I read it as being meant ironically – someone who was himself a victim of this sort of atrocity passing comment on the way even his own society had come to regard this sort of thing as normal, excusable, understandable, just a part of what happens in a war. It’s a criticism of war in general, that it does this even to good people, rather than as a criticism of anyone, or any side, in particular.

    However, I agree that in isolation the quote is somewhat ambiguous. If others read it differently, that wouldn’t be a surprise.

  • bobby b

    Patrick Crozier
    February 9, 2020 at 7:23 am

    “There is no suggestion that the GIs ever faced punishment.”

    I read the following sentence as indicating that they did face punishment:

    “I think her name was Trudi – and she was to spell trouble for some of the American boys.”

    But, only seeing that one paragraph without context, I’m only guessing.

  • Rich Rostrom

    The writer’s assertion that the GI “were completely sex-starved after long training in England and fighting their way through France and Germany” is rubbish. The troops stationed in England waiting for D-Day got regular leaves, and there were plenty of willing whores. (My father served in the Eighth Air Force. He told how while on leave in London, still blacked out (in 1944), he’d meet a woman with her coat open and a flashlight illuminating her bare breasts, saying “‘Ow’d ya like ta play with these?”)

    That’s if they ever were stationed in Britain. The majority of US troops in Germany in 1945 arrived after D-Day and landed in France. Where they were in action at times, but also had leave sometimes. In any case, I’d very much doubt if he had any particular knowledge of those men’s service records. They might have arrived in March 1945, or been assigned to rear-echelon duties. (I assume that the Americans he met were a combat unit, but quite a lot of men were transferred from the Services of Supply to front line units in winter 1945.)

    Final point: Major Vladimir “Popski” Peniakoff spent some time in Algiers after “Popski’s Private Army” had been several weeks in the desert. He wrote that those like him were barely interested in women, whereas the HQ officers permanently stationed there were constant visitors to the brothels. IOW, a few weeks or even months of forced celibacy will not turn a man into a rapist. One gets used to doing without.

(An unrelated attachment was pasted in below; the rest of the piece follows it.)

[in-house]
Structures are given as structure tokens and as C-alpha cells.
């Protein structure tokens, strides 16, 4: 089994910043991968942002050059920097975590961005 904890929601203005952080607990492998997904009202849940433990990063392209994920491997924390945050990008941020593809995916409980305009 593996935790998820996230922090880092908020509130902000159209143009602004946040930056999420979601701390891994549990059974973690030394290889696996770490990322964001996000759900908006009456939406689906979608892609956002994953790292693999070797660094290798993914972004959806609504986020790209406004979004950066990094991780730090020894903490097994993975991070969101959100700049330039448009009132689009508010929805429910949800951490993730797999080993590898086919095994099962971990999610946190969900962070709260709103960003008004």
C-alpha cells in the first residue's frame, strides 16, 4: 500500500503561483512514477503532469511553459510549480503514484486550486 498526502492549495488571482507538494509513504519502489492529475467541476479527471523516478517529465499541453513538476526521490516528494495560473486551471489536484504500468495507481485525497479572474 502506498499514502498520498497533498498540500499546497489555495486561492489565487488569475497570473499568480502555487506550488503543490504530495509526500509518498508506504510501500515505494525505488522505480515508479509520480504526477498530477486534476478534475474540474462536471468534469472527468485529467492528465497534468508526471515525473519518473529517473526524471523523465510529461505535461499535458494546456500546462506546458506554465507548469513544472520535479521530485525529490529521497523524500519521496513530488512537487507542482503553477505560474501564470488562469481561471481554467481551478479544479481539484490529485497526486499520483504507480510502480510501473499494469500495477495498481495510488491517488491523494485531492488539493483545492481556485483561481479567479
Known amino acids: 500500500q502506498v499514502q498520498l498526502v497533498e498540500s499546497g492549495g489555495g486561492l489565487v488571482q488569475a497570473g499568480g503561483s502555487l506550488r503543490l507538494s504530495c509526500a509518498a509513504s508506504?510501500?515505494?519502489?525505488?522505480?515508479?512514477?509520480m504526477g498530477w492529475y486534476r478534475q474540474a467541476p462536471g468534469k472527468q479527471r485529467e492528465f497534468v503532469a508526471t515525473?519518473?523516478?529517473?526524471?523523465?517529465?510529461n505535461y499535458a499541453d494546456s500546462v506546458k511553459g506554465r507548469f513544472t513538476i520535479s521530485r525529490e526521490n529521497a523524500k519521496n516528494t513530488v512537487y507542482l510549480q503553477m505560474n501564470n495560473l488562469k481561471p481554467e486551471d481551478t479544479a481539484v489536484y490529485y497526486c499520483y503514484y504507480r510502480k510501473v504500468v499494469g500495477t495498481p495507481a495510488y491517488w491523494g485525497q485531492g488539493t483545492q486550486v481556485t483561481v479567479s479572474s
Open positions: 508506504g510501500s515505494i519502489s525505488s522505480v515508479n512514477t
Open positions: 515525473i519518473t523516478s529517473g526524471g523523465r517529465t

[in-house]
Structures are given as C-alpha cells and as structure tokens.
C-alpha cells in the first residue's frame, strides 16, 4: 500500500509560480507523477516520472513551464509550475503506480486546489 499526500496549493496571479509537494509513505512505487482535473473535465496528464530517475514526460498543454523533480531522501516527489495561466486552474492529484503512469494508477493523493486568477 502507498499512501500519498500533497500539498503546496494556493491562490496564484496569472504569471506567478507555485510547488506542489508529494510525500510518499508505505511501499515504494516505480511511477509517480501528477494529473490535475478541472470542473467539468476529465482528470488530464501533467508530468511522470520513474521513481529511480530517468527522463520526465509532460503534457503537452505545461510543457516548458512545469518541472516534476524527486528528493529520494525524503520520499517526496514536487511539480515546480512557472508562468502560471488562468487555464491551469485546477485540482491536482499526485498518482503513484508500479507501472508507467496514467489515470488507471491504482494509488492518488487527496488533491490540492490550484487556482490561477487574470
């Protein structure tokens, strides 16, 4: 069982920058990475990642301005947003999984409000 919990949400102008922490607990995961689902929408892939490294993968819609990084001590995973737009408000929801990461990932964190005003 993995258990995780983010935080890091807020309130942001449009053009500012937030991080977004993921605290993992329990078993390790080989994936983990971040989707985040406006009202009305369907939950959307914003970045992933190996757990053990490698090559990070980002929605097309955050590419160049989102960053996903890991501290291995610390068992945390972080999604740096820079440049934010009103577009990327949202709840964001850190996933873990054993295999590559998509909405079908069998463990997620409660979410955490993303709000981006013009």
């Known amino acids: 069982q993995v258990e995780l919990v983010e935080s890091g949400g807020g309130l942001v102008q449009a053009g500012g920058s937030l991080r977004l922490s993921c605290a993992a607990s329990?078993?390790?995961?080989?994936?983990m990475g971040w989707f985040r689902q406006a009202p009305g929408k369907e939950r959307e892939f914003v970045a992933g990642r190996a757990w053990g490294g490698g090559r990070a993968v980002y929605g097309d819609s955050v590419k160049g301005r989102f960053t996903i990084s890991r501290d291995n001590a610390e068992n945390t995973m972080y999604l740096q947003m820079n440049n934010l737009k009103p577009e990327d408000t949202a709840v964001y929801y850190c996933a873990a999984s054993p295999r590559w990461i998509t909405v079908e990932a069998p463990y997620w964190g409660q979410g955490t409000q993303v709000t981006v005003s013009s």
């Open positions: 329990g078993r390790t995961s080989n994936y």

• Paul Marks

    Each of us faces the choice between good and evil every day of our lives – the struggle between good and evil is conducted within us.

    I know this – for there is much (very much) evil in me.

    When we give in to evil impulses (when we do not make the effort to use our Free Will, our Moral Agency, to resist our evil desires) then we must be PUNISHED.

    As others have pointed out above – the United States Army did not recognise being “sex starved” as as defence.

    The rapists should have been punished to the full extent of military law – which is not soft.

    Of course the men could have taken the punishment into their own hands – by suicide. Had they done so their families could have spared the disgrace of a trial and having a rapist in the family.

    True repentance is not saying a few words – true repentance is seeking punishment, or inflicting it upon one’s self.

  • mickc

    Paul Marks
    I think you are wrong. Repentance is not seeking punishment; it cannot be so, because that requires the punishment to be enacted by an outside agency. Repentance should be an independent decision and action.
    Your second definition seems nearer the true concept; it must surely be the realisation of the evil one has committed and the remorse and guilt one feels for having done so, probably, but not necessarily, followed by some act of atonement. The act of atonement would normally be the commission of a good of some form.
    It seems unlikely the perpetrators in this case repented at the time.